Pay Your Mortgage Off Early and Save Money

Save Money, Pay Your Mortgage Off Early

Paying your mortgage off might sound as if it's a grand plan, particularly if you refinanced to a 30-year loan recently. However it's still a bright idea for homeowners to be seriously thinking how they can pay off their real estate mortgage; if not this year, then next year. Paying a mortgage off early can substantially save on interest when compared to making the regularly scheduled house payments over 15 to 30 years. Making the payments sooner reduces your cost for housing, freeing that money up, you still must pay homeowners insurance, property taxes, home repairs and maintenance. A few might make an argument to allocate more cash for investments in place of doing away with low-cost debt.. However homeowners nearing retirement age should be free of a mortgage.

To pay your mortgage off early:
One way is to add some extra amount, such as $50 or $500, to every monthly payment, Don't give up necessities, such as medical care or sustenance. Some homeowners add just enough to every monthly payment to add up to one extra payment every year. Do the math: multiply one payment times 10 percent or divide a single payment by 12, then add the result to the extra amount paid each month. (Try our mortgage calculators) Be certain the extra money gets applied to principal, and not interest or to your escrow account.

Another way to make those extra payment feel less painful is by making payments every other week in place of monthly. This results in 26 half-payments to replace 12 full payments.. Biweekly payments can take approximately six years from a 30-year loan. A money gift such as a tax refund, a bonus or perhaps an inheritance, creates another opportunity to put extra funds toward paying off your mortgage early. This strategy works the best when you have no other, more expensive debt. "You should really pay off your most expensive debt as soon as you cane,. A few examples of high-cost debt include revolving credit cards, auto loans, almost all private student loans, and department store cards . Another approach is investing a lump sum into a return that's a higher return than the rate on your mortgage, then take the principal, along with interest, dividends, and appreciation to pay your mortgage off when you retire.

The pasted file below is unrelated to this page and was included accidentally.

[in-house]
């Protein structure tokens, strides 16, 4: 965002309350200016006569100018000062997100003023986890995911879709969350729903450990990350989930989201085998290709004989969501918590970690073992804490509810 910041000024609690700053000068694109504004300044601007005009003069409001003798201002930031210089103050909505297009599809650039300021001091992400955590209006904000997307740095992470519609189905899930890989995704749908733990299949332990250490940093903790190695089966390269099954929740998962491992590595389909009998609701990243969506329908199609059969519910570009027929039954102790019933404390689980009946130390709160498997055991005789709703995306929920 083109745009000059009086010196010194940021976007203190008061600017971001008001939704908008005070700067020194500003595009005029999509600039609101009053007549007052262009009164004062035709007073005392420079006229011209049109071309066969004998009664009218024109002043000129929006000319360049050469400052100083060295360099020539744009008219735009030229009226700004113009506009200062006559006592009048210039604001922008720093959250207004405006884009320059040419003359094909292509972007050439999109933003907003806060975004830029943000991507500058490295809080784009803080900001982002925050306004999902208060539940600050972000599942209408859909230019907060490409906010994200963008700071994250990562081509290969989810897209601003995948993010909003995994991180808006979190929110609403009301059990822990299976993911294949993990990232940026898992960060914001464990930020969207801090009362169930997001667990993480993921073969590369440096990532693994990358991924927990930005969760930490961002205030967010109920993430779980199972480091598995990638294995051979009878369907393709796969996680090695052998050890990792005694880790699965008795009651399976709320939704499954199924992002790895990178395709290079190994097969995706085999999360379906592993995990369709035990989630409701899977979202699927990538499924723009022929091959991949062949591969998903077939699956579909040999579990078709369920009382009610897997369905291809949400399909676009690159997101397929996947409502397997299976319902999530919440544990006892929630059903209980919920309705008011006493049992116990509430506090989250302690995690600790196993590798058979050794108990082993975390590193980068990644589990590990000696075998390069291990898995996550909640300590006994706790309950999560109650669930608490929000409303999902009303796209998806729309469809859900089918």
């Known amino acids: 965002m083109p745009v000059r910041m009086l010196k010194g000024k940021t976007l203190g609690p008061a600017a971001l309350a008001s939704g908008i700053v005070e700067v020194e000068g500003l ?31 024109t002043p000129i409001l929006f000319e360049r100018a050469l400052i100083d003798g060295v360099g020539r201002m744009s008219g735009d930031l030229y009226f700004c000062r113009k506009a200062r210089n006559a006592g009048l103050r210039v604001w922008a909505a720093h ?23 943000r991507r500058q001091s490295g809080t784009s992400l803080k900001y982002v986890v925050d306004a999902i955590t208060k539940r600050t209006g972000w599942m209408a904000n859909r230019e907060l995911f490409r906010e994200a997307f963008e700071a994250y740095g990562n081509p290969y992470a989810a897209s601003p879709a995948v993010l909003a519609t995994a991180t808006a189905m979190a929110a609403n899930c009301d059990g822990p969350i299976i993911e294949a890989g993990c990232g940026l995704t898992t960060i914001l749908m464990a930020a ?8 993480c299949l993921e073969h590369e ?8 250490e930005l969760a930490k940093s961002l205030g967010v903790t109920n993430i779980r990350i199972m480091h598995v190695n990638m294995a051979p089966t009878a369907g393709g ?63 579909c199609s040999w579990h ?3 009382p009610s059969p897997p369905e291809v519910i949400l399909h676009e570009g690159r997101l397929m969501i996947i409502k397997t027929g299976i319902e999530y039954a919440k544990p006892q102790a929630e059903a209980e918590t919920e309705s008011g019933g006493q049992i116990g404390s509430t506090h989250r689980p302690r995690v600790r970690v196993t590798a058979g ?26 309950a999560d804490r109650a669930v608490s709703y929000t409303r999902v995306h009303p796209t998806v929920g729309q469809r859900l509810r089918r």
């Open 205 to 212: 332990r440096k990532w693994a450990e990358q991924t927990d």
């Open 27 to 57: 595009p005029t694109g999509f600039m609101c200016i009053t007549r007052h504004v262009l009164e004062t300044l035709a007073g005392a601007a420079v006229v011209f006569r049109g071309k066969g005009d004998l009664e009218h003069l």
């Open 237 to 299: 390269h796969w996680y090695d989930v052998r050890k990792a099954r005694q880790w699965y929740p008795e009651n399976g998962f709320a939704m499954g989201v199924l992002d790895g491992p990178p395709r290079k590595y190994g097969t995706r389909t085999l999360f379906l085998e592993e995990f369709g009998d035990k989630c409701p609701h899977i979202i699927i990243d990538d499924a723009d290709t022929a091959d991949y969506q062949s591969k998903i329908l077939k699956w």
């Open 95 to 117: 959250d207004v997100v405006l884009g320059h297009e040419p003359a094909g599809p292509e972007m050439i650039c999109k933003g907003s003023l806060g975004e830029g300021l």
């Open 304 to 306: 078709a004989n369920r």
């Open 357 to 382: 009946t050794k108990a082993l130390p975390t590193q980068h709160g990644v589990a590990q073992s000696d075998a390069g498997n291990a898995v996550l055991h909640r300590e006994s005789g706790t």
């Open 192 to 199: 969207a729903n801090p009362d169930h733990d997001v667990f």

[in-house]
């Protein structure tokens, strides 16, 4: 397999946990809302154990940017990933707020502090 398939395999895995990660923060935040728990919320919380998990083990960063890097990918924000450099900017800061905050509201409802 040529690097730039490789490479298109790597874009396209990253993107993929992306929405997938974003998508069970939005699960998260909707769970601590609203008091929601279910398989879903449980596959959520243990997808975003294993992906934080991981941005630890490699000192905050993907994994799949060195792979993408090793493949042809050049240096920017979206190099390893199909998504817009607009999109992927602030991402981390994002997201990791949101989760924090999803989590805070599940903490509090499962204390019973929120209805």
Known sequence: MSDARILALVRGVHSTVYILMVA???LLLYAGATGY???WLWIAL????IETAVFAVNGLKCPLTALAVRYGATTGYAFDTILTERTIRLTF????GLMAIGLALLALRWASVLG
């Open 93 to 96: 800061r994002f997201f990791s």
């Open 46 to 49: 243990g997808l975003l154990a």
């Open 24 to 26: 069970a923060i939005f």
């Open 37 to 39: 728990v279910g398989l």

Refinancing can also help pay your mortgage off earlier, the thought being that a reduced payment frees money up which can then be applied to extra principal payments. A way maximize a refinancing benefit, opt for a shorter loan term . For instance, if you've paid 10 years off your 30-year loan, refinance using a 15-year loan in place of another 30-year mortgage. Selling your home might seem to be a drastic way to eliminate a mortgage, although it's certainly effective, freeing you up to purchase a more home that's more affordable by paying cash or turn into a tenant without any mortgage debt. Whether downsizing makes any sense is pretty much a question of your personal lifestyle and requirements It's "definitely something you can think about." However, forget about trying to play the housing marketplace by selling when the market is high and then buying low. That strategy is more appropriate for seasoned real estate investors. (Read the Book, "So you Want to Refinance")

Homeowners without extra cash on hand could be attracted to tapping into a retirement account for paying a mortgage off. This brainchild has gained momentum in recent months, and there is legislation pending before Congress to waive early withdrawal penalties if money withdrawn from retirement accounts is used to pay on a home loan. 

New Article  Feb 22, 2012

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